Pets released for adoption

Published 8:56 am Tuesday, July 14, 2009

WINDSOR – The dog days of summer haven’t officially begun, but you can’t tell that in Bertie County.

Monday morning Bertie County Sheriff Greg Atkins released nearly 50 dogs for adoption. The pets have been held since May 7 when they were taken in connection with an animal cruelty case in the town of Lewiston Woodville.

Working on a tip, the Bertie County Sheriff’s Office and Lewiston Woodville Police Department served a search warrant on Stephen Kyprianides of Hancock Street in Lewiston Woodville. Once entering the home, they found 46 dogs and three cats living in the home.

At the time, Sheriff Atkins called the filth indescribable.

The animals were then taken into custody by the Bertie County Animal Shelter and some were taken to the Chowan County Animal Shelter.

Kyprianides was later charged with 39 counts of animal cruelty in connection with the case.

Since that time, the animals have been held at the Bertie County Animal Shelter.

The sheriff, however, through County Attorney Lloyd Smith filed a petition to have the animals taken care of at the owner’s expense or to have them released.

North Carolina General Statute 19A-70 allows that “the operator of the shelter may file a petition with the court requesting that the defendant be ordered to deposit funds in an amount sufficient to secure payment of all the reasonable expenses expected to be incurred by the animal shelter in caring for and providing for the animal pending the disposition of the litigation.”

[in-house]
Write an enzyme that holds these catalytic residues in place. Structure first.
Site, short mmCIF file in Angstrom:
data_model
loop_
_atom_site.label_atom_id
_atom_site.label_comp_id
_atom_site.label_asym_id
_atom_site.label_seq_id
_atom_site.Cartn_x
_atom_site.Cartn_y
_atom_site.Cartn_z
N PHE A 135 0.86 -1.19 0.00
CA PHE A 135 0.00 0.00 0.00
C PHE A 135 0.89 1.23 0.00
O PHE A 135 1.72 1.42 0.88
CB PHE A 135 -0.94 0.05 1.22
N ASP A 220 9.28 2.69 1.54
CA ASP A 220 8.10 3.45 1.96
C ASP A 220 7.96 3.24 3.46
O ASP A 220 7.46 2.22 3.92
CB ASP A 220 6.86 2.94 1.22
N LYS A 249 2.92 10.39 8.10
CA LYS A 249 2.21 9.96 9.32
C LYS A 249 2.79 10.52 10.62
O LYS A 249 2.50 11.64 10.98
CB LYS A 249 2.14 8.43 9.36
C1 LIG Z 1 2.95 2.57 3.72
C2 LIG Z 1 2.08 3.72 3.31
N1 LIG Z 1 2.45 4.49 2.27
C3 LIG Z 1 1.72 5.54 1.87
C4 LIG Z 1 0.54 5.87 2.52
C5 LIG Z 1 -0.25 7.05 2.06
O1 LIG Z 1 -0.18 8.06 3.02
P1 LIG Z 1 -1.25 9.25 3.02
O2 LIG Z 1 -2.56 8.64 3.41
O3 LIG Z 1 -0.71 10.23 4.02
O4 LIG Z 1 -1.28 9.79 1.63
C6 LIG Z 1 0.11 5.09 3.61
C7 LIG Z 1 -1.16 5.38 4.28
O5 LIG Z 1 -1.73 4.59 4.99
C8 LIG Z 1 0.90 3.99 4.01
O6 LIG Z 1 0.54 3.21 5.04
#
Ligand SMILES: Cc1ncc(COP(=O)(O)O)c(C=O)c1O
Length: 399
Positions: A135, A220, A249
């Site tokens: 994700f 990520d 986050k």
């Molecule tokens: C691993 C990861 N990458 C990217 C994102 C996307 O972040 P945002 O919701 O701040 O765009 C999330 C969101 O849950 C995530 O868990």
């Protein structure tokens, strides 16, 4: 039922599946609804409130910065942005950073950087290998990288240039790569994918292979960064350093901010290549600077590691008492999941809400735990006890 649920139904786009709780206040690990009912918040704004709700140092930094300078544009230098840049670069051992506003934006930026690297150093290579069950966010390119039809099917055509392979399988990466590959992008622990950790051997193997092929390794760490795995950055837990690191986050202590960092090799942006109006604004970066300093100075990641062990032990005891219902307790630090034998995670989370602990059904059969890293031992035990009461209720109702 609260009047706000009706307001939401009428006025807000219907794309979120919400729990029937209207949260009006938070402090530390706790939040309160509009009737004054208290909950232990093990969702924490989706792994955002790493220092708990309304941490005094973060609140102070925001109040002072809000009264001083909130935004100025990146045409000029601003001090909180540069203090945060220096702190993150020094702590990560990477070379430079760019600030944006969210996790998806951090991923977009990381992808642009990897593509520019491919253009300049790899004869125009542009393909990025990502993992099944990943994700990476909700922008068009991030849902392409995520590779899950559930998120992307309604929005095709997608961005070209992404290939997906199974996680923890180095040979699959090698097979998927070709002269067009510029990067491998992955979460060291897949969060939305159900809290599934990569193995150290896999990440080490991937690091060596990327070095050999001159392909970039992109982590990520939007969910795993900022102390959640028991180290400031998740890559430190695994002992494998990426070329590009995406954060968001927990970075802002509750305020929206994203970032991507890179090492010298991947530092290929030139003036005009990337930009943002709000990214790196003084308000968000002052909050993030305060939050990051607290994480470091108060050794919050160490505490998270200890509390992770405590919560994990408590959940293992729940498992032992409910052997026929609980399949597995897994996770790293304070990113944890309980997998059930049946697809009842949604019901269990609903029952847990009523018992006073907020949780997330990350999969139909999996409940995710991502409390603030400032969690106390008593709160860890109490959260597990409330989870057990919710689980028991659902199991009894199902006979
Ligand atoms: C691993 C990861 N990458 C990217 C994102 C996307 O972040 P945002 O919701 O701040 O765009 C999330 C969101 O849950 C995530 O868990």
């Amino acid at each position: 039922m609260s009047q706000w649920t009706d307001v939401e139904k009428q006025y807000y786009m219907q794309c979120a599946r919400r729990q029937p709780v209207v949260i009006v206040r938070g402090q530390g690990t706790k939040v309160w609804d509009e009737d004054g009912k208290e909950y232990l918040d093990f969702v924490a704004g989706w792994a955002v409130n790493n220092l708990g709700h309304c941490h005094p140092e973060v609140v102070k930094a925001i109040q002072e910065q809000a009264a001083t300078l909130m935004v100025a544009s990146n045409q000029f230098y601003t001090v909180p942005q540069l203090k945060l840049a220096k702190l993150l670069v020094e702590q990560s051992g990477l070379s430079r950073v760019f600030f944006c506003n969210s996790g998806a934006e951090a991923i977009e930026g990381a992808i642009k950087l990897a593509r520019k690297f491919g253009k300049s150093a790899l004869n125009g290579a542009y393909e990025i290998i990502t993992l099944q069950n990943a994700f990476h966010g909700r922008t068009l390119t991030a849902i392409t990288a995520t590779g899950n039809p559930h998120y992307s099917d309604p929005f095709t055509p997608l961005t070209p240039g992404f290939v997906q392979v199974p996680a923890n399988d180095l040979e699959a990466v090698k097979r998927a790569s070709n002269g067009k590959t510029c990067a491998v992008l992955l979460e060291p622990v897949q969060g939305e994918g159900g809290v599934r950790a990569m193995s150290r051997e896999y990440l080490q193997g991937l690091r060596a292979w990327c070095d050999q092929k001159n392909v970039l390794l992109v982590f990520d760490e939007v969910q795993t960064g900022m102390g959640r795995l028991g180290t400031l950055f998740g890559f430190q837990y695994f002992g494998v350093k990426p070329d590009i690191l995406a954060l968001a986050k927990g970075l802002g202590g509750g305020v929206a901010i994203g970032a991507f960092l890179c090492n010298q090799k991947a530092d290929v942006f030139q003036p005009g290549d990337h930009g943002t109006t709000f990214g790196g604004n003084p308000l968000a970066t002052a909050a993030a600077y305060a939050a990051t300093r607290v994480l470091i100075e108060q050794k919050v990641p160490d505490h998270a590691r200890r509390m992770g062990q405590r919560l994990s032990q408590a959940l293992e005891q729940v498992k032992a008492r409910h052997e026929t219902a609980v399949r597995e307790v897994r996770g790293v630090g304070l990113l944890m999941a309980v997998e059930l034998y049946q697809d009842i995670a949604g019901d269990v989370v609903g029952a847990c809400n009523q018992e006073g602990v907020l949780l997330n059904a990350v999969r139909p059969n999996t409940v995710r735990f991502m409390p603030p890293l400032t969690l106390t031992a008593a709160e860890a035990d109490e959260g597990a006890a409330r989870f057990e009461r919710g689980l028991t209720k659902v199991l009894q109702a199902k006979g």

Sheriff Atkins, with the support of the Bertie County Board of Commissioners, filed the petition and the court agreed that Kyprianides would have to post the money to pay for expenses. He had until 5 p.m. Friday (July 10) to do so and did not.

At that time, Sheriff Atkins released the dogs for adoption.

“After the five days, we took ownership of the dogs,” Sheriff Atkins said. “Since that happened, I have released them for adoption and we are working with the Bertie County Humane Society to find them good homes.”

According to Nancy Miller with the Bertie County Humane Society, there are approximately 58 dogs total (some puppies were born after the dogs were taken) and approximately 48 of those are available for adoption.

“The man who had them had the intention of trying to save their lives and that’s what we’re trying to do also by attempting to find them great homes,” she said.

While the animals are in the possession of the sheriff, the Bertie County Humane Society has agreed to help find them homes. Anyone wishing to adopt a dog should contact the Humane Society at 325-DOGS (325-3647). There will be no adoption fee, but the person adopting the animal must agree to have it spayed or neutered.

“We want people who are going to care for them and give them good homes,” Miller said.

Bertie County Animal Control Officer Skip Dunlow said the dogs could be viewed whenever someone was interested by driving to the animal shelter which is located off County Farm Road.

No adoptions had occurred as of early Monday morning, but the sheriff and Bertie County Humane Society volunteers hoped they would begin soon.

For more information or to arrange to see the animals available for adoption – which include the 48 dogs and two cats, call 325-DOGS.